Governments everywhere will be anxious to minimise the damage on economies by limiting restrictions to the flow of people not goods. So how do we collectively move out from under these travel restrictions? I expect that it will be a bit like the gradual relaxation of visas for travel, granted on a nation -by-nation basis, perhaps bilaterally. Some nations, where the virus becomes endemic in the population, may never get the restrictions wholly lifted and will be bypassed.
Free -travel agreements – enabling travel free of isolation restrictions – will become the new focus of diplomacy – the modern equivalent of free-trade deals.
I expect that the lifting will start bilaterally such as China and Singapore, which might be dubbed the “Shanghai Free Travel Zone”. Other groups may form. If both Australia and New Zealand succeed in containing the disease they might quickly recognise each other as disease-free and eliminate border controls – within a few months.
With tourism being New Zealand’s biggest export industry and China being New Zealand’s second largest tourism market, we can expect that New Zealand will be striving to be do an early free-travel deal with China. The economic pressures are immense and it’s an election year in New Zealand. I expect that in the second quarter of 2020 New Zealand will unilaterally recognise China and some other Asian nations as having adequate control of the SARS-Cov-2 virus and will open the nation’s borders to nationals of those countries on direct flights.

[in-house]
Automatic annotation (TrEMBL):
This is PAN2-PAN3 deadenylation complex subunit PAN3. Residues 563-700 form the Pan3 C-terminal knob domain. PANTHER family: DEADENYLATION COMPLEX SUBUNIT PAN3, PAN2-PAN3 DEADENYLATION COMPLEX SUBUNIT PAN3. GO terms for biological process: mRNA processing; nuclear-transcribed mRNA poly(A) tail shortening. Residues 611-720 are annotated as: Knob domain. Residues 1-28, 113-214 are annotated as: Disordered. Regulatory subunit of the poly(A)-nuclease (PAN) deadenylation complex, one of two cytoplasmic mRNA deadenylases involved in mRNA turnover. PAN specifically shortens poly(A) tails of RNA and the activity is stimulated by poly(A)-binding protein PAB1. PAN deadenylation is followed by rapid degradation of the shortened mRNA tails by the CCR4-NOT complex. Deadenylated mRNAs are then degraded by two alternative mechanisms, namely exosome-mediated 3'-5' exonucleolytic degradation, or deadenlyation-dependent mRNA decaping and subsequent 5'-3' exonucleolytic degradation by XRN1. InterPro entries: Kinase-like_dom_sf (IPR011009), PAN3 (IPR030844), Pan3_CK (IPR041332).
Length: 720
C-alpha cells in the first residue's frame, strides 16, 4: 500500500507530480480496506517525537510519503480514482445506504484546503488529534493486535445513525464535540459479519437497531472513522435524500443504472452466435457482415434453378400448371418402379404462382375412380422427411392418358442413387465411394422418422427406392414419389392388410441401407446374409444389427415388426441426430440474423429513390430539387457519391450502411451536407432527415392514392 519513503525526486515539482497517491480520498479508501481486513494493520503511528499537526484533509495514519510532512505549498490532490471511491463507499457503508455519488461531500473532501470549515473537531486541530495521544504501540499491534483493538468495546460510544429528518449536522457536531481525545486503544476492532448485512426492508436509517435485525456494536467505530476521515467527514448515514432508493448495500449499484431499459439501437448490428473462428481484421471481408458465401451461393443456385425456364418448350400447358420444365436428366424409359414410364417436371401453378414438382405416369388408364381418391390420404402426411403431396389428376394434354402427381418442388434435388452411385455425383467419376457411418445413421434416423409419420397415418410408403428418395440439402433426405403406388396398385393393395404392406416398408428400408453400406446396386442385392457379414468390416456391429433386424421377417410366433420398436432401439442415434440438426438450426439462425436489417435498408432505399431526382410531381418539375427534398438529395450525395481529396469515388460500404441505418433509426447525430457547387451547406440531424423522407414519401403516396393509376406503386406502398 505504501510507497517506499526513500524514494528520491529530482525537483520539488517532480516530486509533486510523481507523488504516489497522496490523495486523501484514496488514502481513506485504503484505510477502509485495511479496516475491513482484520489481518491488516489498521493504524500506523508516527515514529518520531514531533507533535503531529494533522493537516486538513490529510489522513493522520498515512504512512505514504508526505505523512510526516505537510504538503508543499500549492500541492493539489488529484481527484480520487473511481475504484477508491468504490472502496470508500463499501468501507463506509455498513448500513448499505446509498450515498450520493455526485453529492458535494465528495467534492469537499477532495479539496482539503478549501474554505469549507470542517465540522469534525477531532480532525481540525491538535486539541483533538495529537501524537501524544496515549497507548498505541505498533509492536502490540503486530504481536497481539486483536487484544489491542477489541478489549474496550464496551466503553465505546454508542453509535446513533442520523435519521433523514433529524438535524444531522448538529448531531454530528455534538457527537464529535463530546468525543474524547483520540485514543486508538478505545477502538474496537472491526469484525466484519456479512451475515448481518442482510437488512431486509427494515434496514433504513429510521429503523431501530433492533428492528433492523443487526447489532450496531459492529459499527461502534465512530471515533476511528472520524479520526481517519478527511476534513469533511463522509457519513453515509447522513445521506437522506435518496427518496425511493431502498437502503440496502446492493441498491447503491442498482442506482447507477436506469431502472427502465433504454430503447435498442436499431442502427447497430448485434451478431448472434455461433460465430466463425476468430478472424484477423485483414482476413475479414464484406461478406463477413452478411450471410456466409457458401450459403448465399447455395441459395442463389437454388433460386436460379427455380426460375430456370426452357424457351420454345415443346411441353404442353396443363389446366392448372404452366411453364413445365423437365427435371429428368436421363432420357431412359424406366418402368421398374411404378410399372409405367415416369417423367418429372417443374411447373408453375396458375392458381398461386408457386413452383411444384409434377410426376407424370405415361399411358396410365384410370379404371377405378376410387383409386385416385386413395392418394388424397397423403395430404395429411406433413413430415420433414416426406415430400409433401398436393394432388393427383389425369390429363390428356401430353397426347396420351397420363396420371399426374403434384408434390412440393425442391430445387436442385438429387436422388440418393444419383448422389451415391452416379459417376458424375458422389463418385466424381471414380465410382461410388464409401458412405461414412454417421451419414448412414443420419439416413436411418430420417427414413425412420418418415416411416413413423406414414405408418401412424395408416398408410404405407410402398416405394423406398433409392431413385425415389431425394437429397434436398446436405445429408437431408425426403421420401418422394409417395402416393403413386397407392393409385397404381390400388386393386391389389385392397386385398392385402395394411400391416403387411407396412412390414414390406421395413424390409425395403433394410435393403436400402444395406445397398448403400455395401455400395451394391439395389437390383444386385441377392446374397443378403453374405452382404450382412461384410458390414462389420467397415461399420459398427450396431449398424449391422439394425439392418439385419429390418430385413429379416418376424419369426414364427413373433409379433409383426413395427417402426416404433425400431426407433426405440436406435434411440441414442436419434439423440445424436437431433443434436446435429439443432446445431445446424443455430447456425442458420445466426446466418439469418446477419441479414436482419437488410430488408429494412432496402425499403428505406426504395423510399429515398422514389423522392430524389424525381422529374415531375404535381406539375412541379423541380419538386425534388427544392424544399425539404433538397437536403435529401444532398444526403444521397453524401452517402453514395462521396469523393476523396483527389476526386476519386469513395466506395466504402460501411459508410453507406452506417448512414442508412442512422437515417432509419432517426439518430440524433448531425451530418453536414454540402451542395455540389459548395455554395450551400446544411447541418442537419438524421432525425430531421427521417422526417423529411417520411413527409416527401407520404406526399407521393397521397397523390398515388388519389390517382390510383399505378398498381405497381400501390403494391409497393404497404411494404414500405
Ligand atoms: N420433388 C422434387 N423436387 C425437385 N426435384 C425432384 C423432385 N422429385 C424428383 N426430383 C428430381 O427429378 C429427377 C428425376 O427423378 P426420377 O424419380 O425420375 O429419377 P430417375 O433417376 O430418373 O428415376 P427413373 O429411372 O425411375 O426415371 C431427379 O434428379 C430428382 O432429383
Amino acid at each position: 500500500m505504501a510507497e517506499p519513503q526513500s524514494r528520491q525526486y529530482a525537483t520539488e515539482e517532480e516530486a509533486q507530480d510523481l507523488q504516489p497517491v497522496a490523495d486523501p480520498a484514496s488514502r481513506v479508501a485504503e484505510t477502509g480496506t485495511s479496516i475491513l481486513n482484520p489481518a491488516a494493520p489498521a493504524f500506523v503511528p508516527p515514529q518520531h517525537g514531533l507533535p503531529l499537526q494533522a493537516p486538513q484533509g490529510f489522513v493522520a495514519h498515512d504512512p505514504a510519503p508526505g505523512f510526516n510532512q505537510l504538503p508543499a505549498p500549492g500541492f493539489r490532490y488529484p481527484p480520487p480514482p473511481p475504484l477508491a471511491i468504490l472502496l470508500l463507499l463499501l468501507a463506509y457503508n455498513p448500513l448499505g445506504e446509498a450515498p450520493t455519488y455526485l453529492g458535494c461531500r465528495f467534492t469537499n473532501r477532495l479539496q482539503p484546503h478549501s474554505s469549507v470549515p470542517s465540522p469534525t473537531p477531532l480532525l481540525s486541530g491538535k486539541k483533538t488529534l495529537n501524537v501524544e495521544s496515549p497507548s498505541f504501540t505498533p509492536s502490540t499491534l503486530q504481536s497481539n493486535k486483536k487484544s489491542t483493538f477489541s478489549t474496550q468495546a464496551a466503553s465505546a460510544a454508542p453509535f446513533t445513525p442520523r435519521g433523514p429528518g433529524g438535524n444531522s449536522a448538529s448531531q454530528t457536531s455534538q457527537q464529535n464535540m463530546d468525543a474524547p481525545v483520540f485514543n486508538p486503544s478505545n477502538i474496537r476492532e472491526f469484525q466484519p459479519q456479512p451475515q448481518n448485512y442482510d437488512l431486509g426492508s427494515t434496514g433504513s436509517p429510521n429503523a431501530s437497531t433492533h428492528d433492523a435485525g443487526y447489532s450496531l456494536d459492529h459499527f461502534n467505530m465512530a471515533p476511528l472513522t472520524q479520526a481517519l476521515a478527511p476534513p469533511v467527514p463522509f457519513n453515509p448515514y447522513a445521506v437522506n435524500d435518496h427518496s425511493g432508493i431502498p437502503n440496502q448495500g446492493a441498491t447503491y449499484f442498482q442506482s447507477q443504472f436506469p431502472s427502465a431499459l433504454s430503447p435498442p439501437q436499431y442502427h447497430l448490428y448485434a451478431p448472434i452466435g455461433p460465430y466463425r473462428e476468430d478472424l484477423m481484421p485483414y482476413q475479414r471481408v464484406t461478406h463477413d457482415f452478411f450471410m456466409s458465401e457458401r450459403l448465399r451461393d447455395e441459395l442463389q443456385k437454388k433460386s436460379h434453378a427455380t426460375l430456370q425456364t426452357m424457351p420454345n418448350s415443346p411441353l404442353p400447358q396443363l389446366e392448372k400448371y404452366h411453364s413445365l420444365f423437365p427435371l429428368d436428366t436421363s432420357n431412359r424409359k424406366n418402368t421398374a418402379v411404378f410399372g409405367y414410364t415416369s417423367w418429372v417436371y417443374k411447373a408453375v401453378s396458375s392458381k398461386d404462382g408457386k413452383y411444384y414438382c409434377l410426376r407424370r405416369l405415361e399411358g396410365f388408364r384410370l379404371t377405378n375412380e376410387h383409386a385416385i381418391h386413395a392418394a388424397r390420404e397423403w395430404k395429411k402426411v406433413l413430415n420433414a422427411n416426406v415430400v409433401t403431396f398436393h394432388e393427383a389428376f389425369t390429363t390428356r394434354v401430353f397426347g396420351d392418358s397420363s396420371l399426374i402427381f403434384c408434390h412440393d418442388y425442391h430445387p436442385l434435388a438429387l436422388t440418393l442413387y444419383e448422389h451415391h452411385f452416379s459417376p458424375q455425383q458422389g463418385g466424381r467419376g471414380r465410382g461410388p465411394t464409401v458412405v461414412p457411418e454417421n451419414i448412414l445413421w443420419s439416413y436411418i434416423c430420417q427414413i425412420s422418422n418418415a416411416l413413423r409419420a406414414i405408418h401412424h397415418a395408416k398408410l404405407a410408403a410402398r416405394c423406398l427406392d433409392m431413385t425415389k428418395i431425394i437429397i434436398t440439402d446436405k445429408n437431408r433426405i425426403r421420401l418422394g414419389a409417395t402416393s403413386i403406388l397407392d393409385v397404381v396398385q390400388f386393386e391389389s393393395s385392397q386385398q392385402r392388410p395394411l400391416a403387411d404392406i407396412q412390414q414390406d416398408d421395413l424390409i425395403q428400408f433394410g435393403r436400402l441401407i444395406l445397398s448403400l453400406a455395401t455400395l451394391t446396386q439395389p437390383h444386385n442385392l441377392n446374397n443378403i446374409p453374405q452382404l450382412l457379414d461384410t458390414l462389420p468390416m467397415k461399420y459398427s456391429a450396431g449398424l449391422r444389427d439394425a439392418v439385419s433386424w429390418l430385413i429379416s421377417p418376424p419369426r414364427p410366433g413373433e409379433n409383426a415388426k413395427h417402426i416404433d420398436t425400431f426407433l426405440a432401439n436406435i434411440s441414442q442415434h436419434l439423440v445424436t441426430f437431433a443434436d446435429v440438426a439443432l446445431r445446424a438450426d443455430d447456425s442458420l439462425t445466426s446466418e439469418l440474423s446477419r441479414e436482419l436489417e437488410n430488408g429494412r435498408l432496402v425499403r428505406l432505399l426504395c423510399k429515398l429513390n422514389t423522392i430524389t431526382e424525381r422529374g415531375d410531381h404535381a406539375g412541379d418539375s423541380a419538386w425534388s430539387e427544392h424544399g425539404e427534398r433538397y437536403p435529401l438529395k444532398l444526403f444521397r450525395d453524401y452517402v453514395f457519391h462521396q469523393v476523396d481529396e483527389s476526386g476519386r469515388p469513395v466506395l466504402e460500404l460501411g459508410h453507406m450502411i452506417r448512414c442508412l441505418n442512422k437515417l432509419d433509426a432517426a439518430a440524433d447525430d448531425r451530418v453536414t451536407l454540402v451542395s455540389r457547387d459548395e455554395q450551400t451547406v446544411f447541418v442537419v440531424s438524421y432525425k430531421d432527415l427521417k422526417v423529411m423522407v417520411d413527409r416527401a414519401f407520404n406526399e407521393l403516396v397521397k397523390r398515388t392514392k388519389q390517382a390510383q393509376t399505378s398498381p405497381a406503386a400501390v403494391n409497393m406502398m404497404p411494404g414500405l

For the lifting to be effective those same countries will also need to recognise NZ as having a sufficient level of prevention and control of COVID outbreaks to not require isolation on return. This is needed for confidence of travellers to book. That’s another reason why the recently imposed self-isolation barrier is critical to post-pandemic recovery of New Zealand as a tourist destination.
This might reshape the air route landscape, opening up new direct routes to new locations where the two nations mutually recognise each other as COVID-controlled. South Korea may be an early example of that, possibly in the third quarter of 2021.
Europe will initially struggle to enter a free travel zone due to its high level of local virus spread and due to its porous borders with regions where many diseases are poorly controlled. The substantial impact and ongoing cost of dealing with virus outbreaks may see European border policing substantially strengthened, with more funding from the central budget to the states on the front line. Meanwhile Europe’s Shengen free travel zone, already suspended by emergency travel bans, may never return in quite the same form.
Poor countries will be hurt most